Sales of pumpkins are going through the roof as Brits stock up for Halloween.
In its latest three-monthly review of the UK grocery market, analysts Kantar said that some £1.5 million has been spent on the ghostly gourds in the run-up to Halloween, a 29 per cent increase on the same time last year.
Elsewhere supermarket year-on-year sales are rebounding after moving past the period of comparison with the hot summer of 2018, with sales up 1.3 per cent over the quarter. The period has also seen Sainbury’s return to growth.
“The grocery market seems to have finally edged out from under the shadow of 2018 and tough comparisons with the strong summer sales of last year,” explained Kantar head of retail and consumer insight Fraser McKevitt. “Sainsbury’s performance reflects this, increasing sales at its fastest rate since October 2018 to make it the only big-four retailer to achieve growth.
“The grocer recently announced plans to phase out its value ‘Basics’ line which made it into 12 per cent of shopping baskets during the past 12 weeks, so it will be interesting to see how replacement brands like ‘Stamford Street’ and ‘J James and family’ fare as they become more widely available.”
Fears of stockpiling have been less well publicised than in the run up to the original Brexit date in March, and sales of canned products actually fell by two per cent and frozen food by one per cent in the past 12 weeks. “While a quarter of British consumers say they are considering stockpiling, it seems they are waiting to see how the next few weeks play out and we expect if they take any action it will be closer to the deadline if a chaotic trading situation looks increasingly likely,” said McKevitt.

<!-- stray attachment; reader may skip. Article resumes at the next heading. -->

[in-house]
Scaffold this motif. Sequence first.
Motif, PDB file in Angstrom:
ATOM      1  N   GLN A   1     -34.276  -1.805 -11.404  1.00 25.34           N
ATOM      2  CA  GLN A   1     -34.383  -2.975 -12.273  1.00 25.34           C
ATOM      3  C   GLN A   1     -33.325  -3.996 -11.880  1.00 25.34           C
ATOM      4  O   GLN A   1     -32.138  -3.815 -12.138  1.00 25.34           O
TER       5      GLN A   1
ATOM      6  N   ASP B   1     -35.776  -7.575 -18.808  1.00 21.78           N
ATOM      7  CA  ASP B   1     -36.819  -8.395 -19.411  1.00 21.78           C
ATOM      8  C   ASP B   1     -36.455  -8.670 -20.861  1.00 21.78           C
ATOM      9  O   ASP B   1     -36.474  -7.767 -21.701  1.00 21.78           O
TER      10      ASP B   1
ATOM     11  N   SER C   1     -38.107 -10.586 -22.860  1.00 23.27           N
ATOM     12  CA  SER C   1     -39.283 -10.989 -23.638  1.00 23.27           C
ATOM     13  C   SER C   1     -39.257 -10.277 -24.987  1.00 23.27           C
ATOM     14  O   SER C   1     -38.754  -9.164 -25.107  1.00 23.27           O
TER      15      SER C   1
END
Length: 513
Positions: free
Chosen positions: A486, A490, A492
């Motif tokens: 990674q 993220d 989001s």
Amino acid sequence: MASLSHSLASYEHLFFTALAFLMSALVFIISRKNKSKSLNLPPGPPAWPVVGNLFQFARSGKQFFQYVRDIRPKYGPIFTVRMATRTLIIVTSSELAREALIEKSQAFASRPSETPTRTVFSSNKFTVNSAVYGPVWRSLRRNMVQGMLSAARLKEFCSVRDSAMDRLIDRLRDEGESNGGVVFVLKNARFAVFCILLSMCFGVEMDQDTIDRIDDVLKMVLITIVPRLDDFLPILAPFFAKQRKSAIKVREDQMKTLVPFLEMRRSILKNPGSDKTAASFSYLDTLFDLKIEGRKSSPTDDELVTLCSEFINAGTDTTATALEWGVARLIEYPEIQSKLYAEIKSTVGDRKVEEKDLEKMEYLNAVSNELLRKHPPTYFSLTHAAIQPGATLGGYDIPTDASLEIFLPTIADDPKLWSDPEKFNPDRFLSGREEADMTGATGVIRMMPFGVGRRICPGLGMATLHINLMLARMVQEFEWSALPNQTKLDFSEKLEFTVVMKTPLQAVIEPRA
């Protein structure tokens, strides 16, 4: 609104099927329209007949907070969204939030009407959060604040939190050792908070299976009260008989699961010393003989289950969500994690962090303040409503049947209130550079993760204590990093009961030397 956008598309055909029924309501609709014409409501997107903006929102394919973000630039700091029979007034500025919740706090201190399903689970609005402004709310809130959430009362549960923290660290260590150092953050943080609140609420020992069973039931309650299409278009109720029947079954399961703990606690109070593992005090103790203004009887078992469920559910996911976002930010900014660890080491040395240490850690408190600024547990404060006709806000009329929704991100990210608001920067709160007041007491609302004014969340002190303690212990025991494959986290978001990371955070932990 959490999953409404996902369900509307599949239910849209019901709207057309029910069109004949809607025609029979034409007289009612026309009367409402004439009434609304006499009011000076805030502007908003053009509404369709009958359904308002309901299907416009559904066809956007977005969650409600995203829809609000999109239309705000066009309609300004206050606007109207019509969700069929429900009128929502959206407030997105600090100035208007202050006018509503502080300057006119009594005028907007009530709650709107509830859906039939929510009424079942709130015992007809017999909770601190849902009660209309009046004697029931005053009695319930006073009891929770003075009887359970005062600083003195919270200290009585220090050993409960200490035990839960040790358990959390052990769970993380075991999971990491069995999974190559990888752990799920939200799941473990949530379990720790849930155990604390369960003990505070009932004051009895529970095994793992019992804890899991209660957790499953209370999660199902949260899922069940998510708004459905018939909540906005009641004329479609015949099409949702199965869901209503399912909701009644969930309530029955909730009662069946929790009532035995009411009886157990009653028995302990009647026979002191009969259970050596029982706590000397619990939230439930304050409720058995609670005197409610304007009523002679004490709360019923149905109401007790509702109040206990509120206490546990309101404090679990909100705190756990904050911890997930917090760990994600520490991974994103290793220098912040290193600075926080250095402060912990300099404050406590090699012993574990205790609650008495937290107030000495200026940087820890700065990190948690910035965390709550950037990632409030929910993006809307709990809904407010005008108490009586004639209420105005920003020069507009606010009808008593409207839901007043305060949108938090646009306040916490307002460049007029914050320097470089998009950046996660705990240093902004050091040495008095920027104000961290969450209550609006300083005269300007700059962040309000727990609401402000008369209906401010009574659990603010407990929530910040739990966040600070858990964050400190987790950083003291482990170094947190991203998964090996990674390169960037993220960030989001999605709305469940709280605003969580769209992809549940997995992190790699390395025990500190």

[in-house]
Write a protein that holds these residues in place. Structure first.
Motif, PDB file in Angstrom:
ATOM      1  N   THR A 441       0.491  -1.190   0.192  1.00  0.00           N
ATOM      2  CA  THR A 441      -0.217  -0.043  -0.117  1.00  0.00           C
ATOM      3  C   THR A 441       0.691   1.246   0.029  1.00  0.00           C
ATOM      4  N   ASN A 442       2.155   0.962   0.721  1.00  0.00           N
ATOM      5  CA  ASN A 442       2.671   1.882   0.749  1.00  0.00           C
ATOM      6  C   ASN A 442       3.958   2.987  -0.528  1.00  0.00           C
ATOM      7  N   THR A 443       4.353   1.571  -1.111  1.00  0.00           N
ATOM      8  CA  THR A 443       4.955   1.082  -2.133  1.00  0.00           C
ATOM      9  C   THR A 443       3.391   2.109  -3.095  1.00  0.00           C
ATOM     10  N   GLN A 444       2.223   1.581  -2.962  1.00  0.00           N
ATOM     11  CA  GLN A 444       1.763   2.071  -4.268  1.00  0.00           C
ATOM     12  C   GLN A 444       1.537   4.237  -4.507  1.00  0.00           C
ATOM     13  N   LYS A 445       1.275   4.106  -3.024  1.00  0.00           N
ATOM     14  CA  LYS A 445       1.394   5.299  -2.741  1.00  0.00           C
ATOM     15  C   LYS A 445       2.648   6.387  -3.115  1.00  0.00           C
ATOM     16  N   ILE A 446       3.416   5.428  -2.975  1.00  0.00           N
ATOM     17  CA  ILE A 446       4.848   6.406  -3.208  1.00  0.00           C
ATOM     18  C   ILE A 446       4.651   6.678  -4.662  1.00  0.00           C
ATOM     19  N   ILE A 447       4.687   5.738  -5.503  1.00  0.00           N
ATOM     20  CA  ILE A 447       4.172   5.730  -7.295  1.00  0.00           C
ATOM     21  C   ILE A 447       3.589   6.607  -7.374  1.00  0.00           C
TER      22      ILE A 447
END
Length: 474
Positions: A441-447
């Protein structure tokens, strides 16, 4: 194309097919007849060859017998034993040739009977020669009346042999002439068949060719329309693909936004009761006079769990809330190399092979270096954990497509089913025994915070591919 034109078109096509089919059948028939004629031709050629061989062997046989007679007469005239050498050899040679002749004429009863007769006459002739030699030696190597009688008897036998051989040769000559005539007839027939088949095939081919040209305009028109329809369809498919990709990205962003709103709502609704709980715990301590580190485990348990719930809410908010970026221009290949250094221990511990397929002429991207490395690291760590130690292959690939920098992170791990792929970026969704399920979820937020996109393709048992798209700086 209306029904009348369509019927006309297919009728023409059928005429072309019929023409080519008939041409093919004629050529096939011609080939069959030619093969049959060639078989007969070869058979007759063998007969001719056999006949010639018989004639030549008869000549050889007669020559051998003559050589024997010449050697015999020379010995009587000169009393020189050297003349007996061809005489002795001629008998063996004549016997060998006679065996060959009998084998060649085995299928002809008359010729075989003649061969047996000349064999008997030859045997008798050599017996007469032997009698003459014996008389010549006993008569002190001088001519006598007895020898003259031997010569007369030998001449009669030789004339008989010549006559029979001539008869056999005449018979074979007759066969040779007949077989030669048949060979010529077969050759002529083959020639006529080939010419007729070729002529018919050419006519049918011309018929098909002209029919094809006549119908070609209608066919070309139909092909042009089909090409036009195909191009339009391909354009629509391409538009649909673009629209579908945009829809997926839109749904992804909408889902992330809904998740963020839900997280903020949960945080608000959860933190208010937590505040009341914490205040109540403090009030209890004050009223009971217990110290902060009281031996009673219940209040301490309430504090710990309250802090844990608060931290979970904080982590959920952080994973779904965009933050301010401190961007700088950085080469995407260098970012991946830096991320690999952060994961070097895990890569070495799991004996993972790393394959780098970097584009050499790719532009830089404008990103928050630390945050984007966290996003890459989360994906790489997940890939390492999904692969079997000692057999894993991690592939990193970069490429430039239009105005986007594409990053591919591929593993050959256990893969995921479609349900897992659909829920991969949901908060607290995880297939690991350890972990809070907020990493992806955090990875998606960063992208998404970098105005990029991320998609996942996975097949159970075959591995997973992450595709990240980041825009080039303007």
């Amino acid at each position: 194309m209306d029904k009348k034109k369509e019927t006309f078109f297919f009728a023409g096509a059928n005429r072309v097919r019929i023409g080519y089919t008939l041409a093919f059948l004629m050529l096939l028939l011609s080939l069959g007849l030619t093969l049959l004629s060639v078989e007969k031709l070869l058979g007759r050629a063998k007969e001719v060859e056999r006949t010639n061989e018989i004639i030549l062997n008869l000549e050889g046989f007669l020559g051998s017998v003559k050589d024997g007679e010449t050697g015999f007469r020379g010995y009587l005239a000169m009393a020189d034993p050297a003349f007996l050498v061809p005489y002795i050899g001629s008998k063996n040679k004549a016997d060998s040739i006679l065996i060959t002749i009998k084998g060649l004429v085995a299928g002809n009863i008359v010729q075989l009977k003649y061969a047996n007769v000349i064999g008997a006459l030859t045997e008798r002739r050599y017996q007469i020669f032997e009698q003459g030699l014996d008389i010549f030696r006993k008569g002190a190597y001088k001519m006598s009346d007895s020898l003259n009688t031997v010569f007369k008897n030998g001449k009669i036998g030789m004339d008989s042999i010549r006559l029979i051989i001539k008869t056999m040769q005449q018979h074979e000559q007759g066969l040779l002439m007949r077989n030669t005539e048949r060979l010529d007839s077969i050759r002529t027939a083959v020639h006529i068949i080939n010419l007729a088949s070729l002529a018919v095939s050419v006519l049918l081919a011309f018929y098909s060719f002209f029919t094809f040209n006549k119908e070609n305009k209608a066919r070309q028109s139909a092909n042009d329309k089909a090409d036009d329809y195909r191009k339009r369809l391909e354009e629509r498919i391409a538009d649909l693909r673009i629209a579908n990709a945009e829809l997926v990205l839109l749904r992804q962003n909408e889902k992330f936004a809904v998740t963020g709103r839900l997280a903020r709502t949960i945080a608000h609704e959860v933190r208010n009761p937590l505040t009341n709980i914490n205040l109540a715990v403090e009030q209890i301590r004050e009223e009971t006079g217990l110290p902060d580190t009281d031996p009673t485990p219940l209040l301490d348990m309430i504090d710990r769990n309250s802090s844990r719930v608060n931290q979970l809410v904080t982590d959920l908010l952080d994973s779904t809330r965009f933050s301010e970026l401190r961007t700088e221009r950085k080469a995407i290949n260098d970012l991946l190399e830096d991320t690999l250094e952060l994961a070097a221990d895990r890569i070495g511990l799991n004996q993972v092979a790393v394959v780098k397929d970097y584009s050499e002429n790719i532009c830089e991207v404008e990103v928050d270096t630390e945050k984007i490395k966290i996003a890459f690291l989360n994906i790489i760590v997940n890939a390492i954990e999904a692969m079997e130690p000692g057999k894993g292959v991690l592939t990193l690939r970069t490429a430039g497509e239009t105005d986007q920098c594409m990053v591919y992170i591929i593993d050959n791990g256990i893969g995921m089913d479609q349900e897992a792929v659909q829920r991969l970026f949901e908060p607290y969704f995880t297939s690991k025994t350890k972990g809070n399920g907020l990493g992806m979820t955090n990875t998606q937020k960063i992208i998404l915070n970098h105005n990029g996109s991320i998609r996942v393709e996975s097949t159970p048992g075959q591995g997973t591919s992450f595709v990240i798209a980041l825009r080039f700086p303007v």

The proportion of sales on promotion increased for the first time in nearly four and a half years this period to 32.3 per cent, driven by Tesco’s ‘100 years of value’ campaign and Sainsbury’s ‘Price Lockdown’. The performances of Tesco, Asda and Morrisons all improved compared with last month, but sales are still down year on year. Tesco sales fell 0.2 per cent as its market share was reduced to 27 per cent.
Sales at Asda fell by 0.9 per cent during the past 12 weeks, dropping 0.3 percentage points of market share to 15 per cent, while Morrisons remains behind the rest of the pack, declining by 1.8 per cent with a market share of 9.9 per cent.
Lidl and Aldi continue to gain share and now account for a combined 14 per cent of UK grocery sales.